support the special conditions of probation under the Roman test.

          Why  we  conclude that Judge Bolgers findings
          do  not  support the condition  of  probation
          authorizing broad searches for contraband

          General Condition of Probation No. 12, which appears to
be  a  standard  condition of probation that may appear  in  many
judgments,   requires Lambert  to submit to  a  search  of  [his]
person, personal property, residence or any vehicle in which [he]
may be found for the presence of contraband upon the request of a
probation officer.
          General  Condition No. 12 authorizes a search  for  any
type  of  contraband.  Lambert argues, and the State  essentially
concedes,  that  contraband could include stolen property[,]  ...
weapons,  burglar[y]  tools,  counterfeit  mon[ey],  photographs,
videotapes,  illegally  imported produce, eagle  feathers[,]  and
even illegal immigrants.
          In  Marunich v. State,36 we stated that [u]nder  Alaska
law, a sentencing court must expressly authorize, and must find a
case-specific basis for, any condition of probation that requires
the  probationer  to  submit to warrantless searches  for  drugs,
weapons, or other items.37
          We  conclude  that  the trial court made  case-specific
findings   for  imposing  the  special  conditions  of  probation
directed at Lamberts alcohol and substance abuse.  But the  trial
          court did not justify imposing the broad general condition of
probation   authorizing  searches  for  contraband   other   than
controlled  substances.  We direct the superior  court  to  limit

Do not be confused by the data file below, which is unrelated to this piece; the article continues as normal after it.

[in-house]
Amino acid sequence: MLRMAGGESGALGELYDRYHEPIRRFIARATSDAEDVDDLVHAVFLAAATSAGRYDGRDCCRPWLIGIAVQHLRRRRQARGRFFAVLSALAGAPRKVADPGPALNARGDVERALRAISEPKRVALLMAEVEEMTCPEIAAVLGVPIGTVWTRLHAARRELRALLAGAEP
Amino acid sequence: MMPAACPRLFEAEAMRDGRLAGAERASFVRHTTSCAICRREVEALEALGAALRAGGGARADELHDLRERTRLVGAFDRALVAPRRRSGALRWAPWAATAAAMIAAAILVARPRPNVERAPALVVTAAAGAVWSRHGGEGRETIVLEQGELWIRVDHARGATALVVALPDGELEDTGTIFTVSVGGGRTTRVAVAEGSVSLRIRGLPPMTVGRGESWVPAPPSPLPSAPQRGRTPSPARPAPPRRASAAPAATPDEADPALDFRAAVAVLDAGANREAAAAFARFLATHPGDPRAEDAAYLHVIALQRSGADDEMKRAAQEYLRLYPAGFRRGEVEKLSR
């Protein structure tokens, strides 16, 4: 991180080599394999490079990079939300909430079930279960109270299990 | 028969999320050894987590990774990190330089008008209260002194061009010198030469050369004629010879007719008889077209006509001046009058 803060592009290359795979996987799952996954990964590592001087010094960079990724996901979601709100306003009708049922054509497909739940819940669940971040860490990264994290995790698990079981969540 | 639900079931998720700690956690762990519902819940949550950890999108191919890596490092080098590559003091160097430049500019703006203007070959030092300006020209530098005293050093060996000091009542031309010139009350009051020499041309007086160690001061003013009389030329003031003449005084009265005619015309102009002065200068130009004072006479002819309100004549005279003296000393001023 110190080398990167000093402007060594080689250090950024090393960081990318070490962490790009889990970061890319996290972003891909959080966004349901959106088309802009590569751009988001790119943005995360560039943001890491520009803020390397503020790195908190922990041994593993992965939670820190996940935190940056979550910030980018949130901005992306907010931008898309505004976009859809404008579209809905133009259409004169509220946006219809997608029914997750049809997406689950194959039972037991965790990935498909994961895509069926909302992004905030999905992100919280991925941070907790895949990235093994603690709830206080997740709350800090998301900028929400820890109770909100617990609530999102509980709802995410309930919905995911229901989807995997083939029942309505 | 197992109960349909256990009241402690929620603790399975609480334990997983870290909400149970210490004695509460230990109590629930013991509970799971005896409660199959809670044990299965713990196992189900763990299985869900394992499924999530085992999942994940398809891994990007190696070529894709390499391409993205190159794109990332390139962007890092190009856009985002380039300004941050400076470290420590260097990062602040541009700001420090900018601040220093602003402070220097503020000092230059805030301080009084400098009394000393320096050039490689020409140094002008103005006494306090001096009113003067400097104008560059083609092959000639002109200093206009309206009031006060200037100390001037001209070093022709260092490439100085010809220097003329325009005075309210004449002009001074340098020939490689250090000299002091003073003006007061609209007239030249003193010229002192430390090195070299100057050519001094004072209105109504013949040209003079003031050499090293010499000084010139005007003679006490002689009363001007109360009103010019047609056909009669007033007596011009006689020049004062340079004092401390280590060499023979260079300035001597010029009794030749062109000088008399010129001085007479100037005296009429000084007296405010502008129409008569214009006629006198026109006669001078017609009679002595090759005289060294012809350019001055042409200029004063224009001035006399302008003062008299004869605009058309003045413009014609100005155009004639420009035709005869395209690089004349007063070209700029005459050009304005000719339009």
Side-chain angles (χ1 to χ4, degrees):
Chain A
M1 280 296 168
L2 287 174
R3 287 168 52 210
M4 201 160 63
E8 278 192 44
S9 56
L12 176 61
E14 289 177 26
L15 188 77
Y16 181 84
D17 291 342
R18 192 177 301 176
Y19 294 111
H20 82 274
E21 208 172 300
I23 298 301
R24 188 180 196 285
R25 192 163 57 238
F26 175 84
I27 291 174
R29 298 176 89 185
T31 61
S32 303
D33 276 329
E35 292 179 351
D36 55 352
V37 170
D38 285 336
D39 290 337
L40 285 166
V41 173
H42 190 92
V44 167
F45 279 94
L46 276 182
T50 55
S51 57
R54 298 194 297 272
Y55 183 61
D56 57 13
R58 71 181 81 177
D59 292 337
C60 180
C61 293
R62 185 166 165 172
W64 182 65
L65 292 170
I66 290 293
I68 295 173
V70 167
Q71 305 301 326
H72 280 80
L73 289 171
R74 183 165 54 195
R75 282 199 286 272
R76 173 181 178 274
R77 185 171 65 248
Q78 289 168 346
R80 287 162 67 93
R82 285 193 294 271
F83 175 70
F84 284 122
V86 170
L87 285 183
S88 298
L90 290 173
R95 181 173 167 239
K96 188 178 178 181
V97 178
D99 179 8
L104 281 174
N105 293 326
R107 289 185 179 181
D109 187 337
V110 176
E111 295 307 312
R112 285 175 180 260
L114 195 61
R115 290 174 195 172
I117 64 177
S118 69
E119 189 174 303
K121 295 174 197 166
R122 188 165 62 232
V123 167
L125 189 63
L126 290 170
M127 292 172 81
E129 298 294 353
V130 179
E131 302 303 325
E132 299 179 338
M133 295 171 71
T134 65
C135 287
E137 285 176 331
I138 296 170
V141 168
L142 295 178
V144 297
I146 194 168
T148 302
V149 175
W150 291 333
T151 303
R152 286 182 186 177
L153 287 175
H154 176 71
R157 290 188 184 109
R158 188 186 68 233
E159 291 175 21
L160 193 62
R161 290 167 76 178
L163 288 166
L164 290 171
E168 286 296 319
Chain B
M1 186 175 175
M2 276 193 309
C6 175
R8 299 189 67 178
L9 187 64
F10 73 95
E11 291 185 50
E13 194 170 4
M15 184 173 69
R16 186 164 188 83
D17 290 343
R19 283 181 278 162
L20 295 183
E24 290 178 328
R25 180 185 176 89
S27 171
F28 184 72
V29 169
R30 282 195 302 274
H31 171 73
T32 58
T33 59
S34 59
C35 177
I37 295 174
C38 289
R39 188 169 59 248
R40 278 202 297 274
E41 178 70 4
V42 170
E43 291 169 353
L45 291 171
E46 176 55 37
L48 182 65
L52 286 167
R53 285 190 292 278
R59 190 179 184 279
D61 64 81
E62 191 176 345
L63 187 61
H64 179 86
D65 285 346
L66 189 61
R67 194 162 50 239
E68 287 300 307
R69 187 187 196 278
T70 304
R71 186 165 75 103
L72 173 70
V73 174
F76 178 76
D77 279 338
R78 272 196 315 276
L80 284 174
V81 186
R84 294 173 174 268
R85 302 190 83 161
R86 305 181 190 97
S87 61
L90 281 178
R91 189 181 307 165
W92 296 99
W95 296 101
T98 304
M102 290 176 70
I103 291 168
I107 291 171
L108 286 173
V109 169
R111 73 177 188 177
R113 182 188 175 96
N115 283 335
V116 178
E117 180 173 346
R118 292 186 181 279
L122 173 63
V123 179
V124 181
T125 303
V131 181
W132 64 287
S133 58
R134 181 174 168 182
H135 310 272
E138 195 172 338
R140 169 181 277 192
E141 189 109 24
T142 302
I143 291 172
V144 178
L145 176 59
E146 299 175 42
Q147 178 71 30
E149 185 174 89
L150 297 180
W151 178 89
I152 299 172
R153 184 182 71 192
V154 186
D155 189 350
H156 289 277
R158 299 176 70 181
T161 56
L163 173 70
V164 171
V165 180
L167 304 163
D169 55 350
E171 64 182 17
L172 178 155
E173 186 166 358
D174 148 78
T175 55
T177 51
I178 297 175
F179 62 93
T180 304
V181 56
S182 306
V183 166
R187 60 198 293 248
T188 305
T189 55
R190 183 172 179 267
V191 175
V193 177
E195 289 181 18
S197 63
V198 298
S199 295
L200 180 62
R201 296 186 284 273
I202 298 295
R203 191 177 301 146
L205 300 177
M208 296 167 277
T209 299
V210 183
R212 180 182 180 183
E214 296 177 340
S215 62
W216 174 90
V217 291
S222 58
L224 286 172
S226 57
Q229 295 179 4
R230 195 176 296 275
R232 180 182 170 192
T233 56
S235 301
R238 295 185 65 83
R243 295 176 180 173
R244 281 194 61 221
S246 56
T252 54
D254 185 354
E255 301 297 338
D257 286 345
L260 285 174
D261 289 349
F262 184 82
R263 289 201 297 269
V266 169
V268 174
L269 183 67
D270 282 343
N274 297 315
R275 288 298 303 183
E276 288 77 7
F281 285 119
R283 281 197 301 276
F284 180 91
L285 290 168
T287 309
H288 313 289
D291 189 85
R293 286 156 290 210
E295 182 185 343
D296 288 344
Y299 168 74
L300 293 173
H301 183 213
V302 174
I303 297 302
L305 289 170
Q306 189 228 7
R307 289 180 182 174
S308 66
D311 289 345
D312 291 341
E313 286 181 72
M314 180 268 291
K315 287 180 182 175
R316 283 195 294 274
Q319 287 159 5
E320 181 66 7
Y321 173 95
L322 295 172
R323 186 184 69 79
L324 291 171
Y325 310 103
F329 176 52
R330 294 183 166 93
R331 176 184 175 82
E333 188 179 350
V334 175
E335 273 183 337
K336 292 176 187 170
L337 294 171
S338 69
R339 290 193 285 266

General Condition No. 12 of probation to searches for alcohol  or
controlled substances.
          AFFIRMED in part, REVERSED in part, and REMANDED.




                    
                    

                         
_______________________________
     1 570 P.2d 1235 (Alaska 1977).

     2 Id. at 1237 n.3 (no valid reason to further complicate the
law by distinguishing between probationers and parolees).

     3 Id. at 1240.

4  Special  Condition  of Probation No. 7:  The  defendant  shall
obtain  a  substance abuse evaluation from an approved  substance
abuse  provider  within  thirty (30) days  of  his  release  from
incarceration and make the results of the evaluation available to
his probation or parole officer.

     5  Special Condition of Probation No. 8: The defendant shall
not  use, possess, consume, ingest or have in any of [his] bodily
fluids  any alcoholic beverages or illegal controlled substances,
including  marijuana.  The defendant is to  submit  to  urine  or
blood  samples  to  test for use of controlled substances  and/or
alcohol when required by the probation or parole officer.

     6  Special Condition of Probation No. 9: The defendant shall
actively  participate  in and successfully complete  an  approved
substance  abuse program if recommended by evaluation, which  may
include  a  residential treatment program of up  to  thirty  (30)
days,  at the direction of the probation or parole officer.   The
defendant  shall  not  discontinue treatment  without  the  prior
written approval of [his] probation or parole officer.

     7 General Condition of Probation No. 12: Upon the request of
a  probation officer, submit to a search of your person, personal
property, residence or any vehicle in which you may be found  for
the presence of contraband.

     8 AS 11.41.200(a)(1) and AS 11.16.110.

     9 AS 11.41.100(a)(1)(A) and AS 11.31.100.

     10   AS 11.41.220(a)(1)(B).

     11   Roman, 570 P.2d at 1243.

12   Id. at 1242-43.

     13   590 P.2d 410 (Alaska 1979).

     14    Id. at 418.

     15   Id. at 418 & n.26.

     16   Id. at 418.

     17   Id.

     18   810 P.2d 1019 (Alaska App. 1991).

     19   Id. at 1022.

     20   Id.

     21   Id.

     22   892 P.2d 200 (Alaska App. 1995).

     23   Id. at 200.

     24   Id. at 201.

     25   Id. at 201-02.

     26   Id. at 201 (quoting Roman, 570 P.2d at 1240).

     27   Id. (quoting Roman, 570 P.2d at 1240).

     28   Id. at 200.

     29   Id. at 202.

     30   133 P.3d 684 (Alaska App. 2005).

     31   Id. at 684.

32   Id.

     33   Id.

     34   Id. at 686.

     35   Id. at 685 (internal footnotes and citations omitted).

36   151 P.3d 510 (Alaska App. 2006).

     37   Id. at 517 (citing Roman, 570 P.2d at 1243; Thomas, 133
P.3d at 685).